Then the credentials required to correctly authenticate the user for the call have to be specified in the JNDI context with the following properties:

    • javax.naming.Context.SECURITY_PRINCIPAL for the username

    • javax.naming.Context.SECURITY_CREDENTIALS for the password

Here’s an example of the complete client code used to call a secured remote EJB:

import static javax.naming.Context.INITIAL_CONTEXT_FACTORY;
import static javax.naming.Context.PROVIDER_URL;
import static javax.naming.Context.SECURITY_CREDENTIALS;
import static javax.naming.Context.SECURITY_PRINCIPAL;
import java.util.Properties;
import javax.naming.Context;
import javax.naming.InitialContext;
public class RemoteEJBLiteClient{
    public static void main(String... args) throws NamingException{
        Properties environment = new Properties();
        environment.put(PROVIDER_URL, "https://localhost:8181/ejb-invoker");
        environment.put(SECURITY_PRINCIPAL, "u1");
        environment.put(SECURITY_CREDENTIALS, "p1");
        InitialContext ejbRemoteContext = new InitialContext(environment);
        BeanRemote beanRemote = (BeanRemote) ejbRemoteContext.lookup("java:global/test/Bean");
        beanRemote.method() // returns "method"
When accessing secured EJBs you should use only HTTPS (that means, enabling confidential transport requirements to the remote EJB), as the submitted credentials will be transferred in clear text (not encrypted, only base64 encoded), which is a security risk you should avoid in any production environment.

JNDI Customization Options

Under the covers the remote EJB proxy uses a JAX-RS (Jersey) REST client builder in order to establish communication with the remote server. If you want to customize and modify the parameters for this communication (timeouts, keystores, etc.) the following JNDI context properties can be used to this end:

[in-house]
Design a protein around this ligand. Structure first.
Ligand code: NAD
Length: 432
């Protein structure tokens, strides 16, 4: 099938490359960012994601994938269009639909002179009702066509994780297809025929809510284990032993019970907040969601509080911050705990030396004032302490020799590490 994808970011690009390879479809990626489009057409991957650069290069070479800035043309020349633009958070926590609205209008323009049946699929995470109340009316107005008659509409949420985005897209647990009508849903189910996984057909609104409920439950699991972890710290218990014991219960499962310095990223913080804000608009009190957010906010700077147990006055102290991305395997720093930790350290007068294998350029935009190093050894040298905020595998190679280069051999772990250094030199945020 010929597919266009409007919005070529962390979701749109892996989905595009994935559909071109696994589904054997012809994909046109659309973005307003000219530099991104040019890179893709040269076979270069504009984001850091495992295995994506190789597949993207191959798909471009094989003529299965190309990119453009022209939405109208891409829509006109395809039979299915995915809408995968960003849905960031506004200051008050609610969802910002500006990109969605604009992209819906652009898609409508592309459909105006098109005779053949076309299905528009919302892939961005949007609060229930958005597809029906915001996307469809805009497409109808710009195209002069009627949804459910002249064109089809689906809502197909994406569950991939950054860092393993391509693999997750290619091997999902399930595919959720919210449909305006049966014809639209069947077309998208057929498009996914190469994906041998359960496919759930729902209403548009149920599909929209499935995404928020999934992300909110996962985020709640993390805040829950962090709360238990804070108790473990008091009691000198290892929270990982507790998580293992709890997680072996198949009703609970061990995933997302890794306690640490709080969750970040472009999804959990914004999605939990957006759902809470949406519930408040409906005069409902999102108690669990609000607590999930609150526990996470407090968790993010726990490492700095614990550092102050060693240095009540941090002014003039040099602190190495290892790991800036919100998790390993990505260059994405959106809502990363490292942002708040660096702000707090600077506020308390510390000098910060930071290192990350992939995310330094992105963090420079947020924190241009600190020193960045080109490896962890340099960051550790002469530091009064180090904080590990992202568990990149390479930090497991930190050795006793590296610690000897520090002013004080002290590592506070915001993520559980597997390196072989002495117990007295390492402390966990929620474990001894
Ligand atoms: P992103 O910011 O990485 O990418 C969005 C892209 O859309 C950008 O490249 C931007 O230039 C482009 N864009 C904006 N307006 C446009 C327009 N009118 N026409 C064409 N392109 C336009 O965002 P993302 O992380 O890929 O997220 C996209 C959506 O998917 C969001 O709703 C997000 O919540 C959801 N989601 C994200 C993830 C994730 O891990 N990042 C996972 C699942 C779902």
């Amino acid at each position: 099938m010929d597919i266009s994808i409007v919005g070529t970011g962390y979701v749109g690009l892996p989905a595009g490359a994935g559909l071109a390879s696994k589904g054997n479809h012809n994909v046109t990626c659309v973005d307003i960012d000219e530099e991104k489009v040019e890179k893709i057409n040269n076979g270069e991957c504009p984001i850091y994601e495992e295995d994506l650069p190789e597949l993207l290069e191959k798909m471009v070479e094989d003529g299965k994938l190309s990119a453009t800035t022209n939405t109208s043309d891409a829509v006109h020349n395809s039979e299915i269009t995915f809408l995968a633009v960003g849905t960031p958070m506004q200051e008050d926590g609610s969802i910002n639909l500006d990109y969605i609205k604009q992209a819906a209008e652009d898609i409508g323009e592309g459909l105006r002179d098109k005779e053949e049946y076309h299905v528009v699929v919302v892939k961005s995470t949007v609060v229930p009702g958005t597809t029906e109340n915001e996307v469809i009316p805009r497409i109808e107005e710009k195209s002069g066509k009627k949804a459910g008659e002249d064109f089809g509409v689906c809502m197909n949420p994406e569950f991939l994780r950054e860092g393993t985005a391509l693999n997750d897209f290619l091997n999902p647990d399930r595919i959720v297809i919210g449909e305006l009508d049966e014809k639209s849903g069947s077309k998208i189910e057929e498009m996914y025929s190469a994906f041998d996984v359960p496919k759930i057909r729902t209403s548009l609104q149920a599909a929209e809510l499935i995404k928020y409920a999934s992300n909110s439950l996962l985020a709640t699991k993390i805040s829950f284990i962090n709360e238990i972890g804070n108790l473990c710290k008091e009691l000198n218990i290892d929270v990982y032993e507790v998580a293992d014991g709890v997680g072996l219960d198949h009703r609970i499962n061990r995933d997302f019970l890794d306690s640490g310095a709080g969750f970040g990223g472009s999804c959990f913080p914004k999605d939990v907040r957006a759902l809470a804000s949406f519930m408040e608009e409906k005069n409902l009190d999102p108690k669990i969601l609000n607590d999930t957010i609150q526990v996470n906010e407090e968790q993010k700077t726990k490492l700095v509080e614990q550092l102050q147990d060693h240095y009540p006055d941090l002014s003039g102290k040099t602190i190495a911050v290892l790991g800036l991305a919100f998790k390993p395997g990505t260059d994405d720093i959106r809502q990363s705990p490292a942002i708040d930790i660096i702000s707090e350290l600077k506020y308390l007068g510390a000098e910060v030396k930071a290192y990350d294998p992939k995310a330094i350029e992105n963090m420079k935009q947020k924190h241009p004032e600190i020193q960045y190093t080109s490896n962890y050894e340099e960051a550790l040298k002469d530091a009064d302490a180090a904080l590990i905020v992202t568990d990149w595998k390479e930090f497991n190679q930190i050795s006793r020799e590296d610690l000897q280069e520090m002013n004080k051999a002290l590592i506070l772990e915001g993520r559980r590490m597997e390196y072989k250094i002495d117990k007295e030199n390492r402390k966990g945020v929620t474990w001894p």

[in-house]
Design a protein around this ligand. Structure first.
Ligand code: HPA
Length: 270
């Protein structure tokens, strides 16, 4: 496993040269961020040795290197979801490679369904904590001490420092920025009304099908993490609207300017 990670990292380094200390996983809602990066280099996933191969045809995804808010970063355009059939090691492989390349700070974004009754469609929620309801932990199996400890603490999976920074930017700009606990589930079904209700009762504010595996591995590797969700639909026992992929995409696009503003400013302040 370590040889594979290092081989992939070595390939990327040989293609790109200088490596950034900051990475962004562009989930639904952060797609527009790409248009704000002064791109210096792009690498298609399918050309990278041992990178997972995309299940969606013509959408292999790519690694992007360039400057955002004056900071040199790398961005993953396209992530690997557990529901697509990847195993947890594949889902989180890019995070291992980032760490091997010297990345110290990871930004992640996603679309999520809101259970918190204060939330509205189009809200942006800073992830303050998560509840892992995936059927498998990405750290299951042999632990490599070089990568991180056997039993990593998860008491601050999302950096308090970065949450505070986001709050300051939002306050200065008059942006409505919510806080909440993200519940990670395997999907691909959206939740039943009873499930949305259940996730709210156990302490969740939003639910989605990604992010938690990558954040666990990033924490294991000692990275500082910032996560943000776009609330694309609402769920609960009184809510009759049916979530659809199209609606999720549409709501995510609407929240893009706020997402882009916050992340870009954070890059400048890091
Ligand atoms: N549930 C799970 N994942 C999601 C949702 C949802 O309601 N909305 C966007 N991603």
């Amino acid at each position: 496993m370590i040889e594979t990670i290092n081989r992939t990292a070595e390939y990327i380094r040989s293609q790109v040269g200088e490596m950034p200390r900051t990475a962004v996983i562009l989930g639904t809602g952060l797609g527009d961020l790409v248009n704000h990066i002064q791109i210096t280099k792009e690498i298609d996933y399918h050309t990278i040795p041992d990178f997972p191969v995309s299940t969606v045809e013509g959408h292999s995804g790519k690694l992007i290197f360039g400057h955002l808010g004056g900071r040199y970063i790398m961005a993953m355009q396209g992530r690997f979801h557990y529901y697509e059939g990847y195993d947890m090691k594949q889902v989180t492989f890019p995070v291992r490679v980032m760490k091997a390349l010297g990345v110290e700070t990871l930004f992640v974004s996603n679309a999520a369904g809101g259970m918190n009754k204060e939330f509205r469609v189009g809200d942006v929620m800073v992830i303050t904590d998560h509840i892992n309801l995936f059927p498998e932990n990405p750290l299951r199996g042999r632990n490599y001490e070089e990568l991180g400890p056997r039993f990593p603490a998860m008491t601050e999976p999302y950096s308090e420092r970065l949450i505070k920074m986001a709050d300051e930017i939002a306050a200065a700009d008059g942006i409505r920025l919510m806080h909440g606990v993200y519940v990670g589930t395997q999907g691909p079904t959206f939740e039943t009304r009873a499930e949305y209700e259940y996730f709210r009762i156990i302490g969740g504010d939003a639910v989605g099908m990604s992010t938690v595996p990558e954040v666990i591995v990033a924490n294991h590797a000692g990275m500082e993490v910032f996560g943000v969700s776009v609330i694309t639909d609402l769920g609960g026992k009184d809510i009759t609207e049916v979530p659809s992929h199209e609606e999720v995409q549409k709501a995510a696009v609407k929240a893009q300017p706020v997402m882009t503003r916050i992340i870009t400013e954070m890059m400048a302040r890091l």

Table 2. JNDI Options for Custom HTTP(S) Communication
Property Behaviour Type


The connection timeout. A value of 0 represents that the wait is indefinite. Negative values are not allowed. Unit is microseconds.

Number (from which it’s Long value is taken) or a String that can be converted to a Long value.


The timeout to read a response. If the remote Payara doesn’t respond within the defined time a ProcessingException is thrown with a TimeoutException as its cause. A value of 0 represents that the wait is indefinite. Negative values are not allowed. Unit is microseconds.

Number (from which it’s Long value is taken) or a String that can be converted to a Long value.


The key store to be used by the proxy. The key store contains the private key as well as certificates with its associated public keys.

Instance of java.security.KeyStore or a String representing its fully qualified classname.


The trust store to be used by the proxy. The trust store must contain the certificates that are needed to communicate with the remote Payara Server.

Instance of java.security.KeyStore or a String representing its fully qualified classname.


The SSL context that will be used by the proxy for creating secured connections to the Payara remote server. This context must be fully initialized, including the trust and key managers. Should not be used in conjunction with the fish.payara.keyStore and/or fish.payara.trustStore properties.

Instance of javax.net.ssl.SSLContext or a String representing its fully qualified classname.


The hostname verifier to be used by the proxy to verify the endpoint’s hostname against the identification information of it.

Instance of a javax.net.ssl.HostnameVerifier or a String representing its fully qualified classname.


The principal to be used by the proxy to access the secured endpoint.

Instance of a String.


The credentials to be used by the proxy to access the secured endpoint.

Instance of a String.


To specify the authentication type of the secured endpoint. By default BASIC is defined.

Instance of a String.


To register the custom filter for the client request invoked by proxy.

Instance of a javax.ws.rs.client.ClientRequestFilter or a Class implementing javax.ws.rs.client.ClientRequestFilter.


To register the custom filter for the client response received by proxy.

Instance of a javax.ws.rs.client.ClientResponseFilter ` or a `Class implementing javax.ws.rs.client.ClientResponseFilter.